Handbook of Economic Organization
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Handbook of Economic Organization

Integrating Economic and Organization Theory

Edited by Anna Grandori

This comprehensive and groundbreaking Handbook integrates economic and organization theories to help elucidate the design and evolution of economic organization. Economic organization is regarded both as a subject of inquiry and as an emerging disciplinary field in its own right, integrating insights from economics, organization theory, strategy and management, economic sociology and congnitive psychology. The contributors, who share this integrated approach, are distinguished scholars at the productive peak in their fields. Each original, state-of-the art chapter not only addresses foundational issues, but also identifies key issues for future research.
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Chapter 14: Organizational formation and change: lessons from economic laboratory experiments

Peter H. Kriss and Roberto Weber

Extract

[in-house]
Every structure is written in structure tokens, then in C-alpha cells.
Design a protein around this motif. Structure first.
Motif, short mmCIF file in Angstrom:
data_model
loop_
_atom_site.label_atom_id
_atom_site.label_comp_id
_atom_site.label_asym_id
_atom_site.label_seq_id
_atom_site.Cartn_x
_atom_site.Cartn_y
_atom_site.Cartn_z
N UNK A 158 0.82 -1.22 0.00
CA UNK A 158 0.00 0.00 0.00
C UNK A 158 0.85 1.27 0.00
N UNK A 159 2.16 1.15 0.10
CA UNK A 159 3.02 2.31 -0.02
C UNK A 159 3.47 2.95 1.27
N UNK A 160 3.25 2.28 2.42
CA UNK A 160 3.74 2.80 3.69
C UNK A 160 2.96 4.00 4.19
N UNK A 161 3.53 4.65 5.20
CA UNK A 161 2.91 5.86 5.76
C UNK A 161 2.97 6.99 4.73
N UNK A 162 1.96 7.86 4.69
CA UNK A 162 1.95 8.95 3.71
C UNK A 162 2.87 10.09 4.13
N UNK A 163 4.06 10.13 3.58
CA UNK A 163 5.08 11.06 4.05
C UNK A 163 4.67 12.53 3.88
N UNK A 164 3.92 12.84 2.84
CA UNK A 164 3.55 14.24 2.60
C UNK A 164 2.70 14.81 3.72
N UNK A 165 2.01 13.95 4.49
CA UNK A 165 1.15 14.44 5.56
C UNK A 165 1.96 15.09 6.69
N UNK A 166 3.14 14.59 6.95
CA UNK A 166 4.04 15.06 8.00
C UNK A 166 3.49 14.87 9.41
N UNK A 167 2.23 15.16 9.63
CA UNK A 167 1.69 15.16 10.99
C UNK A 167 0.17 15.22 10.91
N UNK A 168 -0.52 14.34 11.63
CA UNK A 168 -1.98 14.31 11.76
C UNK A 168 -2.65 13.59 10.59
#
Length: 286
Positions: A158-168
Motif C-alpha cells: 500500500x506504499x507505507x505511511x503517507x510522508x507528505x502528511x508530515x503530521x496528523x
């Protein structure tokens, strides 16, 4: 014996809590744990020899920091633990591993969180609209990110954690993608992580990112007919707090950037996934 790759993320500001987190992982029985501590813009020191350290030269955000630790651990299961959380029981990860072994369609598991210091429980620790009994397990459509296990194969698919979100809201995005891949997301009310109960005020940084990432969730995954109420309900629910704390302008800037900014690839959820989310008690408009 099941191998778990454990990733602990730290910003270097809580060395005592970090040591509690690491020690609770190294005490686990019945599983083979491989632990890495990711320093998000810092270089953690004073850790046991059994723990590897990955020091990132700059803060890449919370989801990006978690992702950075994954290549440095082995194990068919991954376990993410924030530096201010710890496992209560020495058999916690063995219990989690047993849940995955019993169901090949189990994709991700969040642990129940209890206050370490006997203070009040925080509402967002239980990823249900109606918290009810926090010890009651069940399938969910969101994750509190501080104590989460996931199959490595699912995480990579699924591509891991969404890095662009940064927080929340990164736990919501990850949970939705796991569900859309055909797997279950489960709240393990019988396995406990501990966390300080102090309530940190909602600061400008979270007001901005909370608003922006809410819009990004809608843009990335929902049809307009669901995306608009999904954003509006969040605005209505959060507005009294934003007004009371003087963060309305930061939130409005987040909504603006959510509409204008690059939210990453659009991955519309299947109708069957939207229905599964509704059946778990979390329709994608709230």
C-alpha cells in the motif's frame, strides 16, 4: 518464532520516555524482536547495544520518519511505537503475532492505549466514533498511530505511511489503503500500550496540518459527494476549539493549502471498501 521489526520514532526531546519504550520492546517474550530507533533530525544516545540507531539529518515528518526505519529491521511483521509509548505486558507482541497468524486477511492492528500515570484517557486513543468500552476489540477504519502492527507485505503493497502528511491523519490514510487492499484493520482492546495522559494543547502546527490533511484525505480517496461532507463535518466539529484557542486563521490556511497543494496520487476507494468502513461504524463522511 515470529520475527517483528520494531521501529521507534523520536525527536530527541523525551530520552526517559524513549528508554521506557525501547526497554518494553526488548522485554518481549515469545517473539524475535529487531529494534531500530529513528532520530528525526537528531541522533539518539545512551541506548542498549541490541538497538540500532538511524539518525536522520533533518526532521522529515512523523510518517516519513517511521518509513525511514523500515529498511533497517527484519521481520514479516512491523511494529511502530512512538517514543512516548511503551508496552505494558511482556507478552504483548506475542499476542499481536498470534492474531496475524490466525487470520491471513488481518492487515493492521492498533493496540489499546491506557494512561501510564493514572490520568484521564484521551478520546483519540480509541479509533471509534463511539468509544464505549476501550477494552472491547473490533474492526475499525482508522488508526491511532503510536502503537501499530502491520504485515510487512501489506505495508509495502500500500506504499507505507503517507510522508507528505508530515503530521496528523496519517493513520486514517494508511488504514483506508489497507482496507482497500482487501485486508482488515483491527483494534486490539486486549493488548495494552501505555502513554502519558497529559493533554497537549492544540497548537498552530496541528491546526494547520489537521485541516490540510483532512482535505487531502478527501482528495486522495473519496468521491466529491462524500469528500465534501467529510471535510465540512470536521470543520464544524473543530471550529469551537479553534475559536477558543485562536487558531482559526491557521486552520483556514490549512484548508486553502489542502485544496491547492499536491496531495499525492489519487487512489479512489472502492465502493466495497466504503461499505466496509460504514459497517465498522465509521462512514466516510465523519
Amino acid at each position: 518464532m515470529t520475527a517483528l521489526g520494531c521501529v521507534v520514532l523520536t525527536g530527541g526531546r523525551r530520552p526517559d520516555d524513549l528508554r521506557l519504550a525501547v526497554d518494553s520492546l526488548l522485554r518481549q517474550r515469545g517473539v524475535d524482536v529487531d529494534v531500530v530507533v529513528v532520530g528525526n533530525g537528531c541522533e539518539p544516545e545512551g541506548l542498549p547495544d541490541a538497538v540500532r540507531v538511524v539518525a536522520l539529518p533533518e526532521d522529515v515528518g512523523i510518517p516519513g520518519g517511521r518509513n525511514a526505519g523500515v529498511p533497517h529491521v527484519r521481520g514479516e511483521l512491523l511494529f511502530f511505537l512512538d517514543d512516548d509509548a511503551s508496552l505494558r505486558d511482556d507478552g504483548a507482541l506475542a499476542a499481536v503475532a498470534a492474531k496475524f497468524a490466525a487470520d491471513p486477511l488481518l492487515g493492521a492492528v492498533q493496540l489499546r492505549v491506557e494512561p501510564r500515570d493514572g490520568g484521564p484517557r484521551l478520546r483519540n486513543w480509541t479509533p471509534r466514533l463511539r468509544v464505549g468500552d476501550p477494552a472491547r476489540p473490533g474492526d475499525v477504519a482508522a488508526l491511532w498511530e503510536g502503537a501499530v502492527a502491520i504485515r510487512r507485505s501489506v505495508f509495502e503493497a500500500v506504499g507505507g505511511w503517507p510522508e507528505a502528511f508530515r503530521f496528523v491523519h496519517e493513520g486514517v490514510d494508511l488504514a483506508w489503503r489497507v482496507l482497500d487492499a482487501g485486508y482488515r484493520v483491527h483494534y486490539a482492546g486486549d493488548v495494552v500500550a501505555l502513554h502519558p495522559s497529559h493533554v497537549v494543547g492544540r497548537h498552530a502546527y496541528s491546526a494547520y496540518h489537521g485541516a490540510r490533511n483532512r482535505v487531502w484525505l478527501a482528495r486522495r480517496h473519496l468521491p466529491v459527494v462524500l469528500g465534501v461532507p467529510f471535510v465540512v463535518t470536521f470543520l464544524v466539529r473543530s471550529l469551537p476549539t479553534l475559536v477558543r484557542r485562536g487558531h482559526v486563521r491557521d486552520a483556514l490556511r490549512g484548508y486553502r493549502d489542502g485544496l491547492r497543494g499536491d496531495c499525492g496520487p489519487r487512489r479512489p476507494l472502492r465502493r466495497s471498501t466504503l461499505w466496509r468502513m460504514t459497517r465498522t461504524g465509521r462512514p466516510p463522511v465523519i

This chapter reviews research in which economic laboratory experiments shed light on the processes that influence organizational formation and change. An organization, in these experiments, is represented by an abstract collective production activity that takes place in a controlled laboratory setting with incentivized human subjects. The studies typically attempt to identify factors that enhance efficient production. Our review focuses on experiments that explore features of how organizations originate, grow, and implement change, and the roles of communication and leadership in managing these processes. Our survey concludes that laboratory experiments of this type present a useful way to identify important factors that influence the relationship between individual behaviors and organizational performance at critical stages, which might otherwise be difficult to isolate outside the laboratory.

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